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Collective action in organizational structures

  • Sergio F. Góngora y Moreno
  • J. Octavio Gutierrez-Garcia
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Abstract

Public goods games played by a group of individuals collectively performing actions towards a common interest characterize social dilemmas where both competition and cooperation are present. By using agent-based simulation, this paper investigates how collective action in the form of repeated n-person linear public goods games is affected when the interaction of individuals is driven by the underlying hierarchical structure of an organization. The proposed agent-based simulation model is based on generally known empirical findings about public goods games and takes into account that individuals may change their profiles from conditional cooperators to rational egoists or vice versa. To do so, a fuzzy logic system was designed to allow the cumulative modification of agents’ profiles in the presence of vague variables such as individuals’ attitude towards group pressure and/or their perception about the cooperation of others. From the simulation results, it can be concluded that collective action is affected by the structural characteristics of hierarchical organizations. The major findings are as follows: (1) Cooperation in organizational structures is fostered when there is a collegial model defining the structure of the punishment mechanisms employed by organizations. (2) Having multiple, and small organizational units fosters group pressure and highlights the positive perception about the cooperation of others, resulting in organizations achieving relatively high aggregate contribution levels. (3) The greater the number of levels, the higher the aggregate contribution level of an organization when effective sanctioning systems are introduced.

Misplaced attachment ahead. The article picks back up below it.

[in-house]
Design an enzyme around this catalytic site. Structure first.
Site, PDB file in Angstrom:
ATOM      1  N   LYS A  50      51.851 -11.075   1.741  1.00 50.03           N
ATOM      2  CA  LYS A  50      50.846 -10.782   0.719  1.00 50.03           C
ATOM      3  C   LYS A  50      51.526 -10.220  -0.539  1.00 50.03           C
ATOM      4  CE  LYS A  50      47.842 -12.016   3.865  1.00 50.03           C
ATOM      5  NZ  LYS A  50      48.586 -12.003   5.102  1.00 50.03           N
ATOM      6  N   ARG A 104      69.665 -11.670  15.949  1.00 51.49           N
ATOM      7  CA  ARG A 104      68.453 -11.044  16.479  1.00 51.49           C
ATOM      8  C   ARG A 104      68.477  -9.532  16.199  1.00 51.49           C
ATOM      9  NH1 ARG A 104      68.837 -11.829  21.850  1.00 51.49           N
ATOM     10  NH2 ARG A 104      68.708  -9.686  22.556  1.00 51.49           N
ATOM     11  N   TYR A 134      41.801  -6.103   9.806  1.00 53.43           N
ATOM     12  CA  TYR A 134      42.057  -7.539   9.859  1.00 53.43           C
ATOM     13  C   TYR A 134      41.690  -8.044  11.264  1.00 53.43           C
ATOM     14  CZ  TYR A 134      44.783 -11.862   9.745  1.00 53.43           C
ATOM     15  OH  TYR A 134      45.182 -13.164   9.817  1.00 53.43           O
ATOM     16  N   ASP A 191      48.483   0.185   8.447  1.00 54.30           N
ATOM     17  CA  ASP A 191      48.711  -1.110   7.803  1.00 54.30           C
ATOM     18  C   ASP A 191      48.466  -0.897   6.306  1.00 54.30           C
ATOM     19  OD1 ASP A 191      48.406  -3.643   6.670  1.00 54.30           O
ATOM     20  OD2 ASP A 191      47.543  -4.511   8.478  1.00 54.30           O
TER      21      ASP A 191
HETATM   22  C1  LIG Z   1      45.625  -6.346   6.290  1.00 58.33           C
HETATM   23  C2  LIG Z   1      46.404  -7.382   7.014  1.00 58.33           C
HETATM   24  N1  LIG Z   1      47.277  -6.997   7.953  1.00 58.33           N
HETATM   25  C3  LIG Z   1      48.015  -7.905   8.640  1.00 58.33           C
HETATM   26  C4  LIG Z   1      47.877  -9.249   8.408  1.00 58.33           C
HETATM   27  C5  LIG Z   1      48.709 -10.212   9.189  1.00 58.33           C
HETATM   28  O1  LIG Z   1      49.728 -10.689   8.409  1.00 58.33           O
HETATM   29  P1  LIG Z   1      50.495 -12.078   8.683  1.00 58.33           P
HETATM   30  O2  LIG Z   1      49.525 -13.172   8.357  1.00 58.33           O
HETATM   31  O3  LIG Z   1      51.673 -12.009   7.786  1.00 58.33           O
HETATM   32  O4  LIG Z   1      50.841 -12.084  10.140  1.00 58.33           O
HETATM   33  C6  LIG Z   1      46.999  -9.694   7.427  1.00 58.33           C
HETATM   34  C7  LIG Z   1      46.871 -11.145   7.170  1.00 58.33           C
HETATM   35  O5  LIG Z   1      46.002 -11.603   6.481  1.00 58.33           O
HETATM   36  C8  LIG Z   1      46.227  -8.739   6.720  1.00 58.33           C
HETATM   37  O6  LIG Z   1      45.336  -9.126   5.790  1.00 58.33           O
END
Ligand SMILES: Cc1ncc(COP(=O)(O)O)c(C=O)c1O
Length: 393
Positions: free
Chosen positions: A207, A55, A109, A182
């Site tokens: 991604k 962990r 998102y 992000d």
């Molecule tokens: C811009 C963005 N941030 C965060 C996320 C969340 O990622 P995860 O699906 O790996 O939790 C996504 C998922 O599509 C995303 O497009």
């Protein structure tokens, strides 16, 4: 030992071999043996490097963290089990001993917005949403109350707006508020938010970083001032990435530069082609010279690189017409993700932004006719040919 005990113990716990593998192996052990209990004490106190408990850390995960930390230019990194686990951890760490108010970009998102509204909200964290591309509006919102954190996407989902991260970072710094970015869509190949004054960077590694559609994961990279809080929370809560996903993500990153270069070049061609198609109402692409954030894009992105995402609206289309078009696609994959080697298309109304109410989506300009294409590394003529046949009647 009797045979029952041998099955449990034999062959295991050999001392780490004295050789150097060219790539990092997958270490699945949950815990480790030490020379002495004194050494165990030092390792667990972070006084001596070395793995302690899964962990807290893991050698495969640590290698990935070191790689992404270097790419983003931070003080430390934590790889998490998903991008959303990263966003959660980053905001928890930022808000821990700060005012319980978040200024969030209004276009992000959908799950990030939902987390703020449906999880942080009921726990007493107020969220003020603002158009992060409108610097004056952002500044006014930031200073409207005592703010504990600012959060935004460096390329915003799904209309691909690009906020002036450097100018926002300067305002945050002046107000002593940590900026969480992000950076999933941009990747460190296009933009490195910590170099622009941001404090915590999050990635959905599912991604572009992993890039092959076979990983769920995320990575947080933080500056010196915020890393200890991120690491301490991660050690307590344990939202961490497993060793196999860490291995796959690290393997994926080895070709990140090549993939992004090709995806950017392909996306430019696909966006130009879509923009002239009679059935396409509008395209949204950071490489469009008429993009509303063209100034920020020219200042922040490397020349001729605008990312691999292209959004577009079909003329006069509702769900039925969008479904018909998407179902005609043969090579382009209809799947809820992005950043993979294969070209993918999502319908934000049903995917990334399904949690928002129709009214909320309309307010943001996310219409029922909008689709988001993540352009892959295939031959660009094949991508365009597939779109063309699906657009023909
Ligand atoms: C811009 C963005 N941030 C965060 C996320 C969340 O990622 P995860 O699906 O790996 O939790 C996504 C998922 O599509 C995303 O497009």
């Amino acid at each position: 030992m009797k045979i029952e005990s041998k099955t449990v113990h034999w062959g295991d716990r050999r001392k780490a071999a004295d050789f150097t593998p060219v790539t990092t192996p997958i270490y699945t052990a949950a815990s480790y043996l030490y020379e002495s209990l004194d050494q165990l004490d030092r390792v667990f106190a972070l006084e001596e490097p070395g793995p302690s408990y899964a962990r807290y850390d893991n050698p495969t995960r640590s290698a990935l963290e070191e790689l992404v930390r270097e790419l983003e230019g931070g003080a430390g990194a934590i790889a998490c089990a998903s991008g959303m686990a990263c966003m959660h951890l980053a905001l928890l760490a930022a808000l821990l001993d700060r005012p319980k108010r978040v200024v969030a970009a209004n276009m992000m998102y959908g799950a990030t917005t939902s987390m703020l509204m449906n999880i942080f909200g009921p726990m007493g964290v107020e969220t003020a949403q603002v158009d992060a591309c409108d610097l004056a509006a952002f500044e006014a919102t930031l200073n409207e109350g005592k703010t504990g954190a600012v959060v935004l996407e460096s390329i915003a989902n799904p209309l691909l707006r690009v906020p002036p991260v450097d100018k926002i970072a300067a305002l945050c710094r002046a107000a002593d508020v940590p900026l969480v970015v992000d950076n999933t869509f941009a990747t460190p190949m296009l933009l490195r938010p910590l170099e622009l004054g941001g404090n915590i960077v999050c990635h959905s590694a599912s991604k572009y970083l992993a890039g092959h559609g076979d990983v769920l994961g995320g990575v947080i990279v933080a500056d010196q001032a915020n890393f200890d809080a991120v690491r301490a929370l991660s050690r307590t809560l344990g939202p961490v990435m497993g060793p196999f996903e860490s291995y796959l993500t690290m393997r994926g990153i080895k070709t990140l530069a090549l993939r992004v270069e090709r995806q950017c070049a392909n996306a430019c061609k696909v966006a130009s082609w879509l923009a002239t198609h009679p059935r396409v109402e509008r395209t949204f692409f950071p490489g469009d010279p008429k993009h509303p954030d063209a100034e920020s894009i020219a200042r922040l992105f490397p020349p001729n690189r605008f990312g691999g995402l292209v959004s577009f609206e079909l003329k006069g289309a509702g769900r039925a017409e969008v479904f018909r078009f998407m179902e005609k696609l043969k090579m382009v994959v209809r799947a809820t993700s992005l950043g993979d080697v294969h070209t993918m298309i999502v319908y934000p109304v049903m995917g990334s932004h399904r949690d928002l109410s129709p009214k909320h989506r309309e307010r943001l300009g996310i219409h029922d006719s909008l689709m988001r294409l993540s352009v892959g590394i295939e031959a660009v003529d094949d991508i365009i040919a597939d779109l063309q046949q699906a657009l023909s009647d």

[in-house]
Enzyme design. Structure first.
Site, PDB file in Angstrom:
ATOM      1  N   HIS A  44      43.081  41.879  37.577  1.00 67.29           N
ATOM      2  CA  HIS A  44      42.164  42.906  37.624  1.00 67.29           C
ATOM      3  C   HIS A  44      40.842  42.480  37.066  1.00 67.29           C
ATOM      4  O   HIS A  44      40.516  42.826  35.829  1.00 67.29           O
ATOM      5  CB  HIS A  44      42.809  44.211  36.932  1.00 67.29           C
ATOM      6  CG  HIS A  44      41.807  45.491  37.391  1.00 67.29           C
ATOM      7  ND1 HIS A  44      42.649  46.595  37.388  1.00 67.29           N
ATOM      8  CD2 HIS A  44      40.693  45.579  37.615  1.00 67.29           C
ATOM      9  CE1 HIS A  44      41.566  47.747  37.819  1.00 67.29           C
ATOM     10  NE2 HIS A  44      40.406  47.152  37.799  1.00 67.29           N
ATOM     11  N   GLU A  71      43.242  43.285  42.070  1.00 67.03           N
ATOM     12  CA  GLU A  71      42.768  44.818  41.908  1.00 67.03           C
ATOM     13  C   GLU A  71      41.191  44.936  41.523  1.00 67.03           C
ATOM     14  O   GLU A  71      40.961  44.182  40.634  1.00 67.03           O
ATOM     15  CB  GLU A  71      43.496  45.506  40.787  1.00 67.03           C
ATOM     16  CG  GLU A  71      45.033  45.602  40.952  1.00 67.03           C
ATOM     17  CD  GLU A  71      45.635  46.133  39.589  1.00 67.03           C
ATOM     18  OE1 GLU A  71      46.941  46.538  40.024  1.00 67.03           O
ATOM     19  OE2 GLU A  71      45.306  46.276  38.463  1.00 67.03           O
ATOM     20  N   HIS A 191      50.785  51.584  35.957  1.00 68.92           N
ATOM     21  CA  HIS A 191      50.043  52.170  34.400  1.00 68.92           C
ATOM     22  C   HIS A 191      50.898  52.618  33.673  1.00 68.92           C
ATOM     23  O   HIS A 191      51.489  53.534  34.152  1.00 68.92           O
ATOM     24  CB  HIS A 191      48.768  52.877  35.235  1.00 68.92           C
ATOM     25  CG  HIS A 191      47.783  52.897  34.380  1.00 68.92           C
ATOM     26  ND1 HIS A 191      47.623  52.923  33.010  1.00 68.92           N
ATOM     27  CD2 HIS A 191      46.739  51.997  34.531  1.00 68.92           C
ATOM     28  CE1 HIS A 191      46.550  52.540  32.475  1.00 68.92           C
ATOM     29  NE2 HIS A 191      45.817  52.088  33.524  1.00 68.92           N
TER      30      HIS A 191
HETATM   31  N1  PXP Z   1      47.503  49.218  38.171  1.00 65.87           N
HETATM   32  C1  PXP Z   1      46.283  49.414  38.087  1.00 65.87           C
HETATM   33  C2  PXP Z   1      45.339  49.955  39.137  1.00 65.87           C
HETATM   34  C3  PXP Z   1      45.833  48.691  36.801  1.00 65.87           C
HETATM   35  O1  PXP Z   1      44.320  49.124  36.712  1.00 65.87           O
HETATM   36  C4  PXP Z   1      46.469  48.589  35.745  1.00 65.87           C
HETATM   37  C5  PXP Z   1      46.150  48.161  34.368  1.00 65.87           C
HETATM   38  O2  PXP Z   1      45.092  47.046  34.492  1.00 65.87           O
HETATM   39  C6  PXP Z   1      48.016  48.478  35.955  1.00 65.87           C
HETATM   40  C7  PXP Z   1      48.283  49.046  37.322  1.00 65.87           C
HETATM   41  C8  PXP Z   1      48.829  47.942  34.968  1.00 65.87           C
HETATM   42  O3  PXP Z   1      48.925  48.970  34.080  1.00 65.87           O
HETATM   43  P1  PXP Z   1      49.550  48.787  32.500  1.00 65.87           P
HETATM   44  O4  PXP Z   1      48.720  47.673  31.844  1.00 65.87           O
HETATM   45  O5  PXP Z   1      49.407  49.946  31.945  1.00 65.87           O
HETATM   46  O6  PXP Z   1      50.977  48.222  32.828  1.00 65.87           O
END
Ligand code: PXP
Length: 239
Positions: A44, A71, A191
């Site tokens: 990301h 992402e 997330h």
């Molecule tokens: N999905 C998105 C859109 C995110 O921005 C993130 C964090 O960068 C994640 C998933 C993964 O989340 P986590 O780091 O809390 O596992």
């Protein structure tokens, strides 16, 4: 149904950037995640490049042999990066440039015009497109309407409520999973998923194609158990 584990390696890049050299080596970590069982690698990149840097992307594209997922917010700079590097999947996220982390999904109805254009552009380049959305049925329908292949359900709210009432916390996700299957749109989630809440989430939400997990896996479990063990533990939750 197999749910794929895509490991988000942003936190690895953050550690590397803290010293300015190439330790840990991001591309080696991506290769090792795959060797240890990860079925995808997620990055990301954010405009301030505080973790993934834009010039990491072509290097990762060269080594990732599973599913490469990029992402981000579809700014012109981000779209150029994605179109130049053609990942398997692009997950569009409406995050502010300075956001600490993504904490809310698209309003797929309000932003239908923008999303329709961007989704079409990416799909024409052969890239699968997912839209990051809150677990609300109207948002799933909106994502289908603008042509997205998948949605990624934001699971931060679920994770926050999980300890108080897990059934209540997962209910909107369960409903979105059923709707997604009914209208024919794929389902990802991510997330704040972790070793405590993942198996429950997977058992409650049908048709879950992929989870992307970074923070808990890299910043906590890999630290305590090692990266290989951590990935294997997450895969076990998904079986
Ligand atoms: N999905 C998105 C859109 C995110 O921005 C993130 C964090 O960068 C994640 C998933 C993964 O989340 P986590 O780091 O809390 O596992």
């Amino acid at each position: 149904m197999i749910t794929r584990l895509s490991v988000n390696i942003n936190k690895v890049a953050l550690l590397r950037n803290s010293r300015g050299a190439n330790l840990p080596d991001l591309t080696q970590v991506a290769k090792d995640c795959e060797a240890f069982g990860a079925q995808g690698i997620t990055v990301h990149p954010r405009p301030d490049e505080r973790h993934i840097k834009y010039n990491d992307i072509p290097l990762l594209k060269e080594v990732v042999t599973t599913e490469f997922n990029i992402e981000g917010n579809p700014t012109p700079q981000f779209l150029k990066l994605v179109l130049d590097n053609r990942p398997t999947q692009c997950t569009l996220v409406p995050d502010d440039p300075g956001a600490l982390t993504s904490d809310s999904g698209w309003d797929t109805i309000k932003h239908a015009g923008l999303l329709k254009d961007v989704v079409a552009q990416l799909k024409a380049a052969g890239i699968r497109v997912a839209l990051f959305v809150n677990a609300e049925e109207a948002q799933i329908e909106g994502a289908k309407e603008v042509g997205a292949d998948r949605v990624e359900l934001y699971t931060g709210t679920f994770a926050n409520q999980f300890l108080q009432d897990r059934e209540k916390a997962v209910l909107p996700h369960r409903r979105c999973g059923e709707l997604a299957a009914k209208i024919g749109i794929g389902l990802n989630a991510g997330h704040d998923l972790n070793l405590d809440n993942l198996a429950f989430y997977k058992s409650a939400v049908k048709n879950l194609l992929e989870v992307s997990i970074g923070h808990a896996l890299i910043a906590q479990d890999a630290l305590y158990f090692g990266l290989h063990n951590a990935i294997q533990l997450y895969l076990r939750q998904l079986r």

Keywords

Collective action Cooperation Public goods games Organizational research Agent-based simulation 

Notes

Acknowledgements

This work has been supported by Asociación Mexicana de Cultura, A.C. and by the Mexican Council for Science and Technology (CONACYT) through Grant 216101.

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Copyright information

© Springer Science+Business Media New York 2017

Authors and Affiliations

  1. 1.Department of Computer ScienceITAMMexico CityMexico

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